As the fog lifted early Sunday morning, swimmers gathered at Cowell's Beach for the 2016 Cruise-Cruz.

Corvin Bazgan, 42, who is legally blind and hearing impaired as a result of Ushers SyndromeType III, an incurable degenerative retina and auditory disorder, was among the athletes.  He sported an official race number clearly marked "Deaf-Blind" and was tethered to his friend Julia Blanton, a Scotts Valley resident and the co-chair of Scotts Valley Sports Complex, body-marked as "Guide."

 "This is my way of putting myself out there and showing what I can do.  I feel alive and enjoy experiencing the world with inspirational people," said Bazgan.

This would be the second year the duo participated in the Cruise-Cruz swimming event despite Bazgan's sensory limits and the natural obstacle of the ocean.

The athletes first met in 2007 at a Master's swim class and ran their first half-marathon together in 2011.

Bazgan reflected, "I had been swimming for about two years and was looking to triathlons to challenge myself further.  I was captivated by Julia's athleticism and fitness.  She knew what she was doing. I resolved to find ways for her to be part of my pursuit of an active lifestyle."  The nature of his progressive deafblindness dictated Blanton would have the biggest impact by becoming his guide. Through trial and error, they refined their tethering system for both land and sea events.

On Sunday before the race start,  Cruise-Cruz Race Director Scott Patterson reminded swimmers of the inherent hazards of the course including fishing lines, sea lions near the Santa Cruz Wharf, hypothermia in the chilly waters of  57 degrees Fahrenheit, and the two swimmers with a one-yard bungee connected to each other.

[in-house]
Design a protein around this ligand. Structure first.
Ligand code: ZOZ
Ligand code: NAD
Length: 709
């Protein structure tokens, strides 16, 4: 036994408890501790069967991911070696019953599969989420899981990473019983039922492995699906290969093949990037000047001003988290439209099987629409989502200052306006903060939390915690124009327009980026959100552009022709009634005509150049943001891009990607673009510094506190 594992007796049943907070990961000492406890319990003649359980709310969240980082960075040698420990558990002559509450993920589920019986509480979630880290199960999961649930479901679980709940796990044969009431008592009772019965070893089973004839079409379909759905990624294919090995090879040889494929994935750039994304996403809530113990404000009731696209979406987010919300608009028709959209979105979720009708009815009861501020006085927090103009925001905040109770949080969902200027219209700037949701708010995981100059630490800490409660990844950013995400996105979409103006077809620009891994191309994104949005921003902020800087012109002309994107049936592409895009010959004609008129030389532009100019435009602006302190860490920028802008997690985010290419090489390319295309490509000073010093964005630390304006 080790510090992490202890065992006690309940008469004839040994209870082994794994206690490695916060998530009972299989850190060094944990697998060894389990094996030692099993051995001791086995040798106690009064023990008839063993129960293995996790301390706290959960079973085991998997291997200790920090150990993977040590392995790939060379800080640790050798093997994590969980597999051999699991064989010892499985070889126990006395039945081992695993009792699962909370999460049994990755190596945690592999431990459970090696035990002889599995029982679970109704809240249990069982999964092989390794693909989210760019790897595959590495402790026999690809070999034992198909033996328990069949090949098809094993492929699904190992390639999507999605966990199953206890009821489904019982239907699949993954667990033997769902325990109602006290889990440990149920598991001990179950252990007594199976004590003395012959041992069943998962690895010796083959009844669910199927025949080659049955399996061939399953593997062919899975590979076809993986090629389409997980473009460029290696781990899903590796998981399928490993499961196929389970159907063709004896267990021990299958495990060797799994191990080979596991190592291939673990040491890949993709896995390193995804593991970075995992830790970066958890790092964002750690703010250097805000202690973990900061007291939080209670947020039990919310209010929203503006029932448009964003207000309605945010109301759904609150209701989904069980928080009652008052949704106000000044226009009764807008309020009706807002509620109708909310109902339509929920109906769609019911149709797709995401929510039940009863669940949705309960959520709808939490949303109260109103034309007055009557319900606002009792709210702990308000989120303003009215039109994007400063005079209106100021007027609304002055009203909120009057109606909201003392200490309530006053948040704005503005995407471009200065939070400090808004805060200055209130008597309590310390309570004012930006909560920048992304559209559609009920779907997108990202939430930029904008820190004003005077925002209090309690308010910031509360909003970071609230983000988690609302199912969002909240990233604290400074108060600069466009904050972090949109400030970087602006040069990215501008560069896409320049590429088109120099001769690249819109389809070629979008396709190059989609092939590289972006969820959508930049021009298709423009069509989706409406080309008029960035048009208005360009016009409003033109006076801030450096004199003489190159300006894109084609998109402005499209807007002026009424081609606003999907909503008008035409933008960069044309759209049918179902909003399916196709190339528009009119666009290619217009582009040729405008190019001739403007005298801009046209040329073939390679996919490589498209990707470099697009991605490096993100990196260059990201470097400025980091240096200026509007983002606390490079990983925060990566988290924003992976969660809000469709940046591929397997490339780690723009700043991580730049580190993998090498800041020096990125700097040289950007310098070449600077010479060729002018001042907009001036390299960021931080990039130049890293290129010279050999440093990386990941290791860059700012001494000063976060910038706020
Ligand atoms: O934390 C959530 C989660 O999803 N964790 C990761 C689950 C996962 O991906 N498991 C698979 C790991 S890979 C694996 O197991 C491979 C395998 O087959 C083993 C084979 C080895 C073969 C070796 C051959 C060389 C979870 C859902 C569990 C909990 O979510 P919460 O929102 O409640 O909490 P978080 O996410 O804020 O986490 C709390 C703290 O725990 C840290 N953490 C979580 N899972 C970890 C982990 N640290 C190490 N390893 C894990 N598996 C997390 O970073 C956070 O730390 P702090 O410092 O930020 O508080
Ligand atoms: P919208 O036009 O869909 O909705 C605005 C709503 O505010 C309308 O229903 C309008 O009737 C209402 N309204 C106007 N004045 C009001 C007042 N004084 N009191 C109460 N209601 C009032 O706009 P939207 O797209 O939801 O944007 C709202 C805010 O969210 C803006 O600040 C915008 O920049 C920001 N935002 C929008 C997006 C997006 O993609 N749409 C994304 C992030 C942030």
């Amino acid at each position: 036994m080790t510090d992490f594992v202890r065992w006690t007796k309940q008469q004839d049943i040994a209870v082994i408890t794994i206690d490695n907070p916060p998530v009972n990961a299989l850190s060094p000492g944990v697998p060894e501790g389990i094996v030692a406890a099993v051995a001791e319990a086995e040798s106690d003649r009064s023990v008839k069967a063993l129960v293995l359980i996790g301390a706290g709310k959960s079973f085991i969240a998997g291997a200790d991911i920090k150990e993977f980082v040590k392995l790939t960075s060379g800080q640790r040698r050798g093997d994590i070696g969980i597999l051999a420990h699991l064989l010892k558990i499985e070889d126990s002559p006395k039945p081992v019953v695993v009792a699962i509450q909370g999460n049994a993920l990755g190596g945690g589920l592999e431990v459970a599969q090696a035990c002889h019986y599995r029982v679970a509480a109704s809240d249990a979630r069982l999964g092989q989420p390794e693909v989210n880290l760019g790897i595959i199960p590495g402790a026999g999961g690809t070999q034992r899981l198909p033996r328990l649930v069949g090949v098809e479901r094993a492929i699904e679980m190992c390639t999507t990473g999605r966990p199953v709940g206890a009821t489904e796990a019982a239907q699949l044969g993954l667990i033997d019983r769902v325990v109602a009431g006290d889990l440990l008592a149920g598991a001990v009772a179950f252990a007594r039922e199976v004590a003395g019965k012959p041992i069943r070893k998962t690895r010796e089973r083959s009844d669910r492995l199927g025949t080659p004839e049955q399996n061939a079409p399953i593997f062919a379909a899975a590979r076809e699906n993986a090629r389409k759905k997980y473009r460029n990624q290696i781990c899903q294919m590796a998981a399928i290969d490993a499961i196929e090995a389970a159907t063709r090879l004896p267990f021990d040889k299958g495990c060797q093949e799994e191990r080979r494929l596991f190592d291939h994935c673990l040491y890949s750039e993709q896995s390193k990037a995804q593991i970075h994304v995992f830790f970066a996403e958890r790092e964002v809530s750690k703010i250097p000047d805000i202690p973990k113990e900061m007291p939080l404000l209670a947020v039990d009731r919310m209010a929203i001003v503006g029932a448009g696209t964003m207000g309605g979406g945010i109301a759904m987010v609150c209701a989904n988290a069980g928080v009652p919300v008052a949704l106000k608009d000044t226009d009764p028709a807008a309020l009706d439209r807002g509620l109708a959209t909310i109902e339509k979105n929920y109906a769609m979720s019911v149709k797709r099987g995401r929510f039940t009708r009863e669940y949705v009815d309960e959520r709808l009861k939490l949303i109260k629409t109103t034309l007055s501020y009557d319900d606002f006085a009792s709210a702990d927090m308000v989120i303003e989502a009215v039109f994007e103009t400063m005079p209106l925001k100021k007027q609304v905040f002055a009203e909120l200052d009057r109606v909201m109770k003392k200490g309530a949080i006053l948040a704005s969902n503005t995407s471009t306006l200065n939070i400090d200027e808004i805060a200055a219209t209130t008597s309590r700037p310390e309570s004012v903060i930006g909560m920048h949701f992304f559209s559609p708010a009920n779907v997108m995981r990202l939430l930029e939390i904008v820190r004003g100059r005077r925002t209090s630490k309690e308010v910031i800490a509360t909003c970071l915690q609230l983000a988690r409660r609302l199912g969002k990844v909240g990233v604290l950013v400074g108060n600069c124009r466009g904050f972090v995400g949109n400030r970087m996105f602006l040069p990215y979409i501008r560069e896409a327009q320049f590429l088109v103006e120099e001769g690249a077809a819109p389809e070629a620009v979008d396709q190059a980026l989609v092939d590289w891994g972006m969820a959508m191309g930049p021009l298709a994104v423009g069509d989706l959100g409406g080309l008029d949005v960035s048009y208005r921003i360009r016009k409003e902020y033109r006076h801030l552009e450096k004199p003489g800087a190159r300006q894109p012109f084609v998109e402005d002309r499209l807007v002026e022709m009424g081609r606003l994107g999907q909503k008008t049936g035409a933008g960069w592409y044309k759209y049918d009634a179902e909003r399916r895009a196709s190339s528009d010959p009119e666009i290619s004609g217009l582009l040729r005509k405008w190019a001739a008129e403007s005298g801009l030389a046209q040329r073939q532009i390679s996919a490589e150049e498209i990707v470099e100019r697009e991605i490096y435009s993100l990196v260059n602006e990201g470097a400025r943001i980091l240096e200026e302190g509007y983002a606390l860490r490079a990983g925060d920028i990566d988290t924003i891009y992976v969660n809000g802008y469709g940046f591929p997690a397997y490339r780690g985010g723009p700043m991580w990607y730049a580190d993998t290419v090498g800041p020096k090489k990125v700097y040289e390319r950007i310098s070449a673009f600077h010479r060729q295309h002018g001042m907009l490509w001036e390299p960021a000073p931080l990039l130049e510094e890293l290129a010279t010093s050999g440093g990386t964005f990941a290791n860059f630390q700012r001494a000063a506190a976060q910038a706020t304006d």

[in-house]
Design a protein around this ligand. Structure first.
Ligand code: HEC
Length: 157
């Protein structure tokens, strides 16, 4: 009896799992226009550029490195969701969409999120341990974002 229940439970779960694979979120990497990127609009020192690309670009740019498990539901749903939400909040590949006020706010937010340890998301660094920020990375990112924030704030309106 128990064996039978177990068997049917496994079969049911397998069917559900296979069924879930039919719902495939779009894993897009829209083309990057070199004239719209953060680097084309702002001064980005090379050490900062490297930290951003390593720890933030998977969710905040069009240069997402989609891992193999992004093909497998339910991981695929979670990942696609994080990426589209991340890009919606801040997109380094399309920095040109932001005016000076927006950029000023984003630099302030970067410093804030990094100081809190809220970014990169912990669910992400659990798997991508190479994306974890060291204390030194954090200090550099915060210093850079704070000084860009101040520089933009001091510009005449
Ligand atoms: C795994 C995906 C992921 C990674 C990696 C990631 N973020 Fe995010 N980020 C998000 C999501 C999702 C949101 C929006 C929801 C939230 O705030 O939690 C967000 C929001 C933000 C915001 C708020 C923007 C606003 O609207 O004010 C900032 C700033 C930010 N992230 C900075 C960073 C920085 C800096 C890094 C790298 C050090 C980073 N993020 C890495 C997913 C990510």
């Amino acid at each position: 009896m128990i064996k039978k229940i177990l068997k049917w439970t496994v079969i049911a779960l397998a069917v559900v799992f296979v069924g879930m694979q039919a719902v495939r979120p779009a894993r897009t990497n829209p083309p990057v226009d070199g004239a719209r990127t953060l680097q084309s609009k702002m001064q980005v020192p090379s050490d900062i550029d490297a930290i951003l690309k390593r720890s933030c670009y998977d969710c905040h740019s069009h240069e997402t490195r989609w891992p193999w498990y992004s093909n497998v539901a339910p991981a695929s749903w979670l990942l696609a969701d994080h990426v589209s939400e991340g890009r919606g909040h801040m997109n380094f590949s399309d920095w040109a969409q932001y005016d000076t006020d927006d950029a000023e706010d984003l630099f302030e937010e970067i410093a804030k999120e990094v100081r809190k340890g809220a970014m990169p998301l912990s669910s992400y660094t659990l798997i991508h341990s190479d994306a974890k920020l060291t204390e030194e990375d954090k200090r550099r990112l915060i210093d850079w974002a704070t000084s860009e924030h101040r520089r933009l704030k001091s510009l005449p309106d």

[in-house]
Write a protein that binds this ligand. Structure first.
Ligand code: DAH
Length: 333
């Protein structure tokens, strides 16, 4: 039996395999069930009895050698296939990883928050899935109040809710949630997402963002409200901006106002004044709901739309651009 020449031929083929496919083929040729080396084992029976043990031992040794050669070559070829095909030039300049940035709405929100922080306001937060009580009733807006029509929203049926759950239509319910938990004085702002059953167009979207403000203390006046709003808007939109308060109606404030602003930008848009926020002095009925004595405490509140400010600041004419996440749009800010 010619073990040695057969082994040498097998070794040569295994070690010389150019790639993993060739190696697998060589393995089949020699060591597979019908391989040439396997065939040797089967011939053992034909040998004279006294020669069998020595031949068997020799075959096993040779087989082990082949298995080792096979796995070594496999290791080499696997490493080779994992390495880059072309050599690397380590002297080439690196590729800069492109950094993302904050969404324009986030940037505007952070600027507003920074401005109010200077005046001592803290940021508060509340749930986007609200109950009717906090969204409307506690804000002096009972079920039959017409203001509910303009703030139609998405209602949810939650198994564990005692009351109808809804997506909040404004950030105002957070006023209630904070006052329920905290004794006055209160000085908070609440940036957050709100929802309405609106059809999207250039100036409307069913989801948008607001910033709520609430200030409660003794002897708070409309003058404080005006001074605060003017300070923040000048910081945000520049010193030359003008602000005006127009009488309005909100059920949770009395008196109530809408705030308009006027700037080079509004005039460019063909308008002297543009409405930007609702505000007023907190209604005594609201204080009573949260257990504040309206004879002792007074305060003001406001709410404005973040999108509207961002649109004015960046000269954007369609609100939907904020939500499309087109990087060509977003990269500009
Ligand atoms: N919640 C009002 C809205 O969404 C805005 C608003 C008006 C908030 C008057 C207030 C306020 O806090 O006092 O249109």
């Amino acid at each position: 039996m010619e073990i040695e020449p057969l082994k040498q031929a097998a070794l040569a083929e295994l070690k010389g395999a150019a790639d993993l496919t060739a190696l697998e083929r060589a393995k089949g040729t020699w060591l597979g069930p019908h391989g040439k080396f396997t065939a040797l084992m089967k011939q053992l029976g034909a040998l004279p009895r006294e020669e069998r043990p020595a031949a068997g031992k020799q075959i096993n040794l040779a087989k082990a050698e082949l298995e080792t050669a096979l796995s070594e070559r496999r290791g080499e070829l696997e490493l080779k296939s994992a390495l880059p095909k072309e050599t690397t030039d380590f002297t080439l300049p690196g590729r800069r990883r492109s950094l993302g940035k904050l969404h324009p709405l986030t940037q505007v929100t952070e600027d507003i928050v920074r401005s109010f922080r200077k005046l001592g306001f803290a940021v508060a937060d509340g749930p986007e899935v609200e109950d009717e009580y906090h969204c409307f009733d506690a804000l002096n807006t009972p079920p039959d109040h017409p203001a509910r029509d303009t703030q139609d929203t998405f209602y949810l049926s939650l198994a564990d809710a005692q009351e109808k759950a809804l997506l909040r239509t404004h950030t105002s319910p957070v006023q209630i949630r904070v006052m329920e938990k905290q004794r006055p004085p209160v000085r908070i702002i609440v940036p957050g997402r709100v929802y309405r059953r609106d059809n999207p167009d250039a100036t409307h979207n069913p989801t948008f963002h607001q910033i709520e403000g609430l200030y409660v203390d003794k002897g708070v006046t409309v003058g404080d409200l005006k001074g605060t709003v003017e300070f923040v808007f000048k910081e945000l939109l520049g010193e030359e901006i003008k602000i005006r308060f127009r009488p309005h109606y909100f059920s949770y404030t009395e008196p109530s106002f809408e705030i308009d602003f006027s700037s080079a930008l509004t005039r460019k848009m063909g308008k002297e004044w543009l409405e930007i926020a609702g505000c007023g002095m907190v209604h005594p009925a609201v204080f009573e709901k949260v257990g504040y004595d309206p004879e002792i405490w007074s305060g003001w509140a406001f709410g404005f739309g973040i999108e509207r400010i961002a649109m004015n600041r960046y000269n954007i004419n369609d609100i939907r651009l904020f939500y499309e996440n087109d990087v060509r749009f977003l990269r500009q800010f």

The dynamic duo swims in synchronicity with the aid of a bungee looped around their waists and a second loop around their thighs.  As Bazgan dove in the water, he was without his hearing aids and sight. Blanton's "flash of light" swim stroke passing by her bathing cap guided their synchronized swim.

"Sunday's course consisted of one hard right and three less-angular left turns,” Blanton explained. “Our strategy was that I would tap him to signal we were at the next buoy.  We maintained a coordinated effort at a steady pace with only a few minor collisions. After the fourth buoy, we accelerated for the final leg."

Together they finished the swim in 1 hour and 11 minutes, a minute earlier than last year. 

It was their post-swim tandem run along West Cliff that caught the eyes of onlookers who could not help but smile and nod – touched by something exceptional as they watched two friends absorb their accomplishment with a warming jog on West Cliff.

To follow the athletic duo, their next race is the Scotts Valley Running Festival, Sunday September 18:

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